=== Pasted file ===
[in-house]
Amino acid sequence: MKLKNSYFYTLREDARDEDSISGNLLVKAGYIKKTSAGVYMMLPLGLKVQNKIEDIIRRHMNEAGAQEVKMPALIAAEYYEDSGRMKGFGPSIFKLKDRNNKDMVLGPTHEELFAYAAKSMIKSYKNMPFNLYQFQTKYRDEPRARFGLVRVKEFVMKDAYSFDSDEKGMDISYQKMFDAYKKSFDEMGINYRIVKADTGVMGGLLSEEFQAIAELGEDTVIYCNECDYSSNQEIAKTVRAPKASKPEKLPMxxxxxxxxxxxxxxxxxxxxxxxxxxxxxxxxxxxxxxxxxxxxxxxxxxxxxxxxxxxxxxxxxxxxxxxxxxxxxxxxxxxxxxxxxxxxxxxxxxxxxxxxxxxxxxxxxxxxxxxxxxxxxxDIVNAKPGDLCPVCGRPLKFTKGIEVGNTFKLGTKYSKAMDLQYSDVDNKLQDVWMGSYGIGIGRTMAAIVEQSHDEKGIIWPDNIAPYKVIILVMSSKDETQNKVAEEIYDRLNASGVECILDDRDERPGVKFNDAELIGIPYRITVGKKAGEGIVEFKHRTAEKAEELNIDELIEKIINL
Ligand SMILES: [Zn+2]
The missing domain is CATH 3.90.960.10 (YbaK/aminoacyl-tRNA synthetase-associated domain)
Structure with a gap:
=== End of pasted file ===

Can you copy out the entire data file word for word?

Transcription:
[in-house]
Amino acid sequence: MKLKNSYFYTLREDARDEDSISGNLLVKAGYIKKTSAGVYMMLPLGLKVQNKIEDIIRRHMNEAGAQEVKMPALIAAEYYEDSGRMKGFGPSIFKLKDRNNKDMVLGPTHEELFAYAAKSMIKSYKNMPFNLYQFQTKYRDEPRARFGLVRVKEFVMKDAYSFDSDEKGMDISYQKMFDAYKKSFDEMGINYRIVKADTGVMGGLLSEEFQAIAELGEDTVIYCNECDYSSNQEIAKTVRAPKASKPEKLPMxxxxxxxxxxxxxxxxxxxxxxxxxxxxxxxxxxxxxxxxxxxxxxxxxxxxxxxxxxxxxxxxxxxxxxxxxxxxxxxxxxxxxxxxxxxxxxxxxxxxxxxxxxxxxxxxxxxxxxxxxxxxxxDIVNAKPGDLCPVCGRPLKFTKGIEVGNTFKLGTKYSKAMDLQYSDVDNKLQDVWMGSYGIGIGRTMAAIVEQSHDEKGIIWPDNIAPYKVIILVMSSKDETQNKVAEEIYDRLNASGVECILDDRDERPGVKFNDAELIGIPYRITVGKKAGEGIVEFKHRTAEKAEELNIDELIEKIINL
Ligand SMILES: [Zn+2]
The missing domain is CATH 3.90.960.10 (YbaK/aminoacyl-tRNA synthetase-associated domain)
Structure with a gap: